After the First World War, Deneys Reitz entered politics and started practising law. In 1924 he formed a partnership with two others. The firm, Deneys Reitz, Jacobson and Effune later merged with Frank Benjamin and Ridsdale and became a major firm with a substantial presence in the insurance industry, representing 90 per cent of insurance companies in South Africa. This firm laid the foundations for Deneys Reitz as it is today, the leading financial services firm in South Africa.
As with the history of Deneys Reitz, there has been tension between Dutch and English law when it comes to insurance law and practice.
South African common law has its origins in Roman-Dutch law, which was introduced in 1652 when settlement at the Cape of Good Hope took place under Dutch rule. However, after the Cape was taken over by the British at the end of the 18th century, the South African courts came to rely on English law and precedent. In 1879, the Cape legislature formally introduced English law for the Cape Province and in 1902, at the end of the Anglo Boer war, the Orange Free State followed suit. In 1977, this legislation was repealed and Roman-Dutch law was restored as the common law in both provinces. In Natal and Transvaal, Roman-Dutch insurance law was never displaced but the law in both provinces was heavily influenced by English law.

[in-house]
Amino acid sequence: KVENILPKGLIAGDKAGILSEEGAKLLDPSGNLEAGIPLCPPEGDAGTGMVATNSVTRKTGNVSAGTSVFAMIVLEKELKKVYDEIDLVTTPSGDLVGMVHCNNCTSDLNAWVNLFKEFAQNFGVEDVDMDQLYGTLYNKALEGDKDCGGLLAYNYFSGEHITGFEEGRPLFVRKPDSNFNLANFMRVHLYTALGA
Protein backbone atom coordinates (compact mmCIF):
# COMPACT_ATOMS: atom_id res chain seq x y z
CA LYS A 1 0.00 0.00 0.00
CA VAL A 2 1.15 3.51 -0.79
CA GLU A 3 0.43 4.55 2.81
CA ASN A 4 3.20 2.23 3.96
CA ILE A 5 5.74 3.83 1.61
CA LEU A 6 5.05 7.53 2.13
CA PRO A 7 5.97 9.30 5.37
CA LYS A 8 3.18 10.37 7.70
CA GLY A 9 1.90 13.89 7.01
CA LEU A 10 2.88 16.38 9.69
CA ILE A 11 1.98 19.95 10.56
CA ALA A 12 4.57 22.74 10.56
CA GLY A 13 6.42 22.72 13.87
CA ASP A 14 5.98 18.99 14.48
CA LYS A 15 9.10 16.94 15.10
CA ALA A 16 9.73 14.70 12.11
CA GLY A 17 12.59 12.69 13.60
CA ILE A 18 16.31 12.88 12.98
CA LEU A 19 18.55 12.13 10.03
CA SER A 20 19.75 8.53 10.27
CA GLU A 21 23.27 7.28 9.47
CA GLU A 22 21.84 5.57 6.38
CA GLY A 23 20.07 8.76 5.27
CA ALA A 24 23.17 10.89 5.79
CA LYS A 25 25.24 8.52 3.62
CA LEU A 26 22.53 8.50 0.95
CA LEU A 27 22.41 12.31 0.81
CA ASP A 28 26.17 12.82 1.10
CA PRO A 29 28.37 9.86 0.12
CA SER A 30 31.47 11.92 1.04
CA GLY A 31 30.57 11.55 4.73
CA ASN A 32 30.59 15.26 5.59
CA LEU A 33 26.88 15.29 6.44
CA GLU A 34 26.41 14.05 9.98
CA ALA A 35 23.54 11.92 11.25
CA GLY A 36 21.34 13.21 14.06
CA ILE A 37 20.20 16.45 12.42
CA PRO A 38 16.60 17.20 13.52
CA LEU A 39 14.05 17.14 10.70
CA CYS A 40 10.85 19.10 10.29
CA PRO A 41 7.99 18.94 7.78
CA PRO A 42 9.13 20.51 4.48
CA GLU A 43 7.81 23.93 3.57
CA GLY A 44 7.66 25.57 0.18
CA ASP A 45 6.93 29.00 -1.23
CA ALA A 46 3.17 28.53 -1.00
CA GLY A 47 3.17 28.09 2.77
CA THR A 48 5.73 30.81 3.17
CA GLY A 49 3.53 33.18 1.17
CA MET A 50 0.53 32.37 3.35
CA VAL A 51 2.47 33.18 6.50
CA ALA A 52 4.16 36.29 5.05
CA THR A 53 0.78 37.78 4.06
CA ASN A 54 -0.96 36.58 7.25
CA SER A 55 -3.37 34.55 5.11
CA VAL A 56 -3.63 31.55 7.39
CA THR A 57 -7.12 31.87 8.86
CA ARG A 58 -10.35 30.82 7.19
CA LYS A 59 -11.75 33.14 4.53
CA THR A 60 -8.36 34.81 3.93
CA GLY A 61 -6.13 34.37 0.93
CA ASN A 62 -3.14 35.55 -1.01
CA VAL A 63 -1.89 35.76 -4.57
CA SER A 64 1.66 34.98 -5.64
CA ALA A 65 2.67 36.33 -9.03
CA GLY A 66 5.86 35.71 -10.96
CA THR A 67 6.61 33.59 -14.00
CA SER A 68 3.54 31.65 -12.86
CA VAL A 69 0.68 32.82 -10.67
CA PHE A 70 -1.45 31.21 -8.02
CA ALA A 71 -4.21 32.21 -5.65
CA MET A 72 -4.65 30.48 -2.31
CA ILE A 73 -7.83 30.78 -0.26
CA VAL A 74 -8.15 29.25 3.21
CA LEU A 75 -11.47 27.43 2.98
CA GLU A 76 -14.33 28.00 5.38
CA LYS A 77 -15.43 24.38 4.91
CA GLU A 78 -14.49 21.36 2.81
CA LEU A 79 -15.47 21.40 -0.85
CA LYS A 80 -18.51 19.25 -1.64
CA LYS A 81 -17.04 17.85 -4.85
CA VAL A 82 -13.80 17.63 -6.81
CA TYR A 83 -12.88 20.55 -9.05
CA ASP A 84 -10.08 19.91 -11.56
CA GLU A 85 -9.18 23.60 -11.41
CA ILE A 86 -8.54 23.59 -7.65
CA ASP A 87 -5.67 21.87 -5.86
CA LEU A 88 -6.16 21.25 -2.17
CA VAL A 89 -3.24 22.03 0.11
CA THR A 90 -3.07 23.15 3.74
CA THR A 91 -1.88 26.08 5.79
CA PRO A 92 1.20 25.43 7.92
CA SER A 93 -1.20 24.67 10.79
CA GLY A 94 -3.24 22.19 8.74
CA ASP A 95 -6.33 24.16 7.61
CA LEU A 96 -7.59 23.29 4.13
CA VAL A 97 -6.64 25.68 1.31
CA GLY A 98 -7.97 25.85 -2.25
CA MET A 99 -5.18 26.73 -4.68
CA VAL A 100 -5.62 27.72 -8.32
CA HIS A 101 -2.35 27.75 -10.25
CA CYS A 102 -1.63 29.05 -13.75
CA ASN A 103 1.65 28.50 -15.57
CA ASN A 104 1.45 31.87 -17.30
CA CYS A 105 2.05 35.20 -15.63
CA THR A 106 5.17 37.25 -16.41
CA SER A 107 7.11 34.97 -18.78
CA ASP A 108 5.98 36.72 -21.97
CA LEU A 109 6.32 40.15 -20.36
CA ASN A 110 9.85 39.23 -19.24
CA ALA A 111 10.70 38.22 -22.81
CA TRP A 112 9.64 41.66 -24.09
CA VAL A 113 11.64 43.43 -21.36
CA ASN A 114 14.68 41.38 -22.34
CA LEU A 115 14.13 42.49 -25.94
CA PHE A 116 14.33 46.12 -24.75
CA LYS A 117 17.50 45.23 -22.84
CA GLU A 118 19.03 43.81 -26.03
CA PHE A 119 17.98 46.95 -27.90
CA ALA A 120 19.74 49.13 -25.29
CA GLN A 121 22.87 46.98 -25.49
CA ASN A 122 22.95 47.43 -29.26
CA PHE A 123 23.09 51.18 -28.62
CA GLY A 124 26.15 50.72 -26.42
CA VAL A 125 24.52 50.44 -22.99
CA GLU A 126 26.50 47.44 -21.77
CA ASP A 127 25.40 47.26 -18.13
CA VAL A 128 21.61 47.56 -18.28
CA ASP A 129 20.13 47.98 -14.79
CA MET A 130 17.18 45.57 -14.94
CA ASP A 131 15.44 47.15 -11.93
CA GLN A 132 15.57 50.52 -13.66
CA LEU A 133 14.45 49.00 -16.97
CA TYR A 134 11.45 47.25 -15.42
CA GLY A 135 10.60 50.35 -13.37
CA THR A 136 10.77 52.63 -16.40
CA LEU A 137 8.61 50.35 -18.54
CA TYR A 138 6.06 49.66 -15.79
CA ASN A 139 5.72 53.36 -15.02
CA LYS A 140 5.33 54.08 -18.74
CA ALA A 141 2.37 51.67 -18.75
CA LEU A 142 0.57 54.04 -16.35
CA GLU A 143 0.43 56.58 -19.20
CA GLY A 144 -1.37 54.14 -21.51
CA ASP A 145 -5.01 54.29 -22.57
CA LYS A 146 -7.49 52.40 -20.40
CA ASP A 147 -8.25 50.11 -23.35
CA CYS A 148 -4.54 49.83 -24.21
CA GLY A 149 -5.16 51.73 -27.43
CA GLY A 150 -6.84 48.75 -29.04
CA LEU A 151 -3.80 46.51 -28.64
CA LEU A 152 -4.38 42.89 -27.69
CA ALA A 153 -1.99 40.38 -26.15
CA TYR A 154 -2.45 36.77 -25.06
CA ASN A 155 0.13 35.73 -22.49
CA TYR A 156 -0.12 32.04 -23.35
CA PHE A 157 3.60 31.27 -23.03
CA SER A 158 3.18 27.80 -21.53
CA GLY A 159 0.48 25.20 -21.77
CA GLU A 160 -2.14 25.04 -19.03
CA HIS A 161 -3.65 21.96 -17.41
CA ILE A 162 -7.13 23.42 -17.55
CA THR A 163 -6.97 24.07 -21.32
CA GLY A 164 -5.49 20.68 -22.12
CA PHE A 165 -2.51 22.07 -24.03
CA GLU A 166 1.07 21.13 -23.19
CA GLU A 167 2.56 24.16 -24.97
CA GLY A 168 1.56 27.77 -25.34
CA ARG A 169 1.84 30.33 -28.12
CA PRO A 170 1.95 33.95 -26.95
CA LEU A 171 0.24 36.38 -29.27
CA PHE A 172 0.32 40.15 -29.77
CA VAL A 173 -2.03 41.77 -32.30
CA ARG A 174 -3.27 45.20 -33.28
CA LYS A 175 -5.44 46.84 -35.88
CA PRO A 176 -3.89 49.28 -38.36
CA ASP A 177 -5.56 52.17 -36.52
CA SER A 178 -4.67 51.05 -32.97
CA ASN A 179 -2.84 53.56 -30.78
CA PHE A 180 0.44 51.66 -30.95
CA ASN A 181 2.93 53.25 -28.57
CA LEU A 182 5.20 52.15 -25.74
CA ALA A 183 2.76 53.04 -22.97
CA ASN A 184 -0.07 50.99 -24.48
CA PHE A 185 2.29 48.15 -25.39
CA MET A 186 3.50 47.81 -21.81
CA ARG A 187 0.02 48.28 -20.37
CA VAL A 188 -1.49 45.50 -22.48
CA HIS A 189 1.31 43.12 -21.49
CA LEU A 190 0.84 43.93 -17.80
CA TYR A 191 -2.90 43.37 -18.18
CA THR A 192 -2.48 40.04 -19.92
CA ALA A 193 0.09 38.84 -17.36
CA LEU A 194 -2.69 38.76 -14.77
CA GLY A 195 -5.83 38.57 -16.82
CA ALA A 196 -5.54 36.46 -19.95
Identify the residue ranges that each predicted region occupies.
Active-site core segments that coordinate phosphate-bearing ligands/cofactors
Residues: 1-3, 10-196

In areas where Roman-Dutch law is of little assistance such as the law on companies, insolvency, negotiable instruments and intellectual property, English legislative patterns were followed. In shipping law and marine insurance together with fire and life assurance, English law was influential in the development of jurisprudence.
Against this background, Roman-Dutch law remained influential. It is based on time-honoured principles but is readily capable of development to meet modern circumstances.
In relation to insurance, English law was followed not only because certain principles were specifically adopted but because the wealth of English judicial precedent was a ready source of good example. In addition, English forms of insurance policies were used by South African insurers; many of them with British head offices. The wordings survive to this day and judicial interpretation in the English courts of these wordings is highly persuasive in the South African courts.